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Research postgraduates

Expert guidance from Study Advice at the University of Reading

Research postgraduate students face many similar study issues to taught postgraduates and undergraduates, for instance, managing your time, focusing your reading and research, and presenting your work in written, verbal and visual forms. Dealing with these issues at research postgraduate level means developing new strategies to respond to higher academic expectations, more independent study, managing original research, and other changes in personal and academic circumstances.

Although you will be guided by your supervisors, it is important to take ownership of your project, and take a leading role in its direction, as you are the one who will be justifying and explaining the decisions you have made. The ideas-generation and problem-solving processes involved in new research can be exciting, but also frustrating at times. It is natural to go through ups and downs throughout the PhD process, and no research ever goes entirely to plan. Therefore, it is important to seek advice and build a support network for yourself. Although research can seem like a solitary process, you don't have to do it all on your own. Talking about your research with others (including Study Advisers) is valuable, as is having time away from the lab or library to recharge.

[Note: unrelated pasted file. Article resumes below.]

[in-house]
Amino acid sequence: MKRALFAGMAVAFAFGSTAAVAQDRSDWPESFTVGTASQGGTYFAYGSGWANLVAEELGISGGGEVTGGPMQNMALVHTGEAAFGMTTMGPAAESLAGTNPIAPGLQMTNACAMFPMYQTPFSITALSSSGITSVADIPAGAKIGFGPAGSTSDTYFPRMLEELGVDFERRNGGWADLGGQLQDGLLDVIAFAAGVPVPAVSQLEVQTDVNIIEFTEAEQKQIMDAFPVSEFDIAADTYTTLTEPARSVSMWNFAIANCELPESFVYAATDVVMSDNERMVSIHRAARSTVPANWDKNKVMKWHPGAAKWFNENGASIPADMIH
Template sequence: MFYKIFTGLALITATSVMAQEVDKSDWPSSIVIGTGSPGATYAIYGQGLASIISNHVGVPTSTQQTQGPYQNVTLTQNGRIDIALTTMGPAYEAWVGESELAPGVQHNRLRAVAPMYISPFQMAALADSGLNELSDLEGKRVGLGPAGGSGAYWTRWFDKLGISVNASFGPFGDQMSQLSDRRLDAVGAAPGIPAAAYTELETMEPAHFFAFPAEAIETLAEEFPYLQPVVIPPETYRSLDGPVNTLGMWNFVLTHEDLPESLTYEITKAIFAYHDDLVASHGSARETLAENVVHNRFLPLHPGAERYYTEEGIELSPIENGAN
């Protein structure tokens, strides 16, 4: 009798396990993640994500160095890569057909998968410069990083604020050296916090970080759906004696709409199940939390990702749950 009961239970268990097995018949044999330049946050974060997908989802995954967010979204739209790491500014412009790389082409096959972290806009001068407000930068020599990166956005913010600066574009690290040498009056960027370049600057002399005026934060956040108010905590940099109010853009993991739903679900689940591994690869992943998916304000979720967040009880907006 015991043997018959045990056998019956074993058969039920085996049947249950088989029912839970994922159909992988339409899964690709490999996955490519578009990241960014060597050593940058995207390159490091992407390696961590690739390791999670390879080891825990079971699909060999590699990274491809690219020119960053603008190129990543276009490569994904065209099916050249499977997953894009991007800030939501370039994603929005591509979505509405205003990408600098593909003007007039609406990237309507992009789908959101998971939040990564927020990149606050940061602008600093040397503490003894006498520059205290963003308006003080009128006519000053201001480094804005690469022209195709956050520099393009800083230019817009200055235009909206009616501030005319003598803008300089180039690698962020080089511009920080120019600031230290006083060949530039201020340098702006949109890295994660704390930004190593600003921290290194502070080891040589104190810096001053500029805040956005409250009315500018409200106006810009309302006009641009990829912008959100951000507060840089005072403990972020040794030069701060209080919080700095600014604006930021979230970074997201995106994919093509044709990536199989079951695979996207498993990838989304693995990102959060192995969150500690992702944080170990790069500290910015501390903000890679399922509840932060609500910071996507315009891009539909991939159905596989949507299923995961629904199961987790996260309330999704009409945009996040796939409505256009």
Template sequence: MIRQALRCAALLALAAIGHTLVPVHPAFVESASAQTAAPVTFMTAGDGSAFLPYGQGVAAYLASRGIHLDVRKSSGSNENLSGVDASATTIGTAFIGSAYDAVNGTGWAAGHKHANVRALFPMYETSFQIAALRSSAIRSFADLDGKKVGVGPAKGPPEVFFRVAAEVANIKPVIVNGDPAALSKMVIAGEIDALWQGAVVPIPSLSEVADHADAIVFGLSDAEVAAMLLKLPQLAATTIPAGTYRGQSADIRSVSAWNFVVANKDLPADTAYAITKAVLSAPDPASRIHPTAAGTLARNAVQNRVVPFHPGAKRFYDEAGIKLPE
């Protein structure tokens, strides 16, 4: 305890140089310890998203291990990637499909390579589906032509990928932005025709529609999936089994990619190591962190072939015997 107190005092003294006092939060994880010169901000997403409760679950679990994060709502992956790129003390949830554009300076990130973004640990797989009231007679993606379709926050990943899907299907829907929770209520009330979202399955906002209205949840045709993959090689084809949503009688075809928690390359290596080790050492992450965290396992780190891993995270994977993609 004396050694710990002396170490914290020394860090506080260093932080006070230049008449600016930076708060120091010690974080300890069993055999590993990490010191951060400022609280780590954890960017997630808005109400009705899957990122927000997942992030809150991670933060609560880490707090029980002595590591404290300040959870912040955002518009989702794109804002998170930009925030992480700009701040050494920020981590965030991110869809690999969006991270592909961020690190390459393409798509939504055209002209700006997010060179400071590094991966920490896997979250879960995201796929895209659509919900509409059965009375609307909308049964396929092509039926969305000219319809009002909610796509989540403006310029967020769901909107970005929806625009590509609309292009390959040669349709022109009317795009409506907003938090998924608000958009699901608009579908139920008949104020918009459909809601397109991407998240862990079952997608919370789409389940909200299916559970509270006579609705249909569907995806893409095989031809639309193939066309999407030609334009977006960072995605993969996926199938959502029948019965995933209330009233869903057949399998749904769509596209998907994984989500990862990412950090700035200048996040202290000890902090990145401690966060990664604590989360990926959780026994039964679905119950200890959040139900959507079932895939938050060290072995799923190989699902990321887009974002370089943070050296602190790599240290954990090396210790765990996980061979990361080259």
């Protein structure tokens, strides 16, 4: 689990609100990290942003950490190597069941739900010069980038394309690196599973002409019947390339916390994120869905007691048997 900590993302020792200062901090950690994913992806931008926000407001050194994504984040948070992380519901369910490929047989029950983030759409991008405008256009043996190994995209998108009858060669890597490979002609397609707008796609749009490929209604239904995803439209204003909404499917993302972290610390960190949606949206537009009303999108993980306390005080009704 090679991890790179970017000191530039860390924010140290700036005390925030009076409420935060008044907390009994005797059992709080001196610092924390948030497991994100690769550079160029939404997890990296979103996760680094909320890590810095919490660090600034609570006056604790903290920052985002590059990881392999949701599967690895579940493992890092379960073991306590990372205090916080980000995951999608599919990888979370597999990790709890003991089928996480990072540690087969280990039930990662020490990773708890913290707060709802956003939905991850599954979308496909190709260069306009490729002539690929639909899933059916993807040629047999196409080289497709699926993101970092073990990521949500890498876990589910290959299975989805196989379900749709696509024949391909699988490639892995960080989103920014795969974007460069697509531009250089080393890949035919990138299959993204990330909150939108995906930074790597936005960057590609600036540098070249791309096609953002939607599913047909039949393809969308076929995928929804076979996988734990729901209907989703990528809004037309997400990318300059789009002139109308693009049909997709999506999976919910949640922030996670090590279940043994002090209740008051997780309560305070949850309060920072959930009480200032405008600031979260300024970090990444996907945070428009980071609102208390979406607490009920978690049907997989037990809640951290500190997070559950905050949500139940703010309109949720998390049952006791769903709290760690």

The advice in this guide looks at many aspects of the PhD process from managing your time right through to your final viva, and how to keep going along the way. Have a look also at the useful links in the box at the left.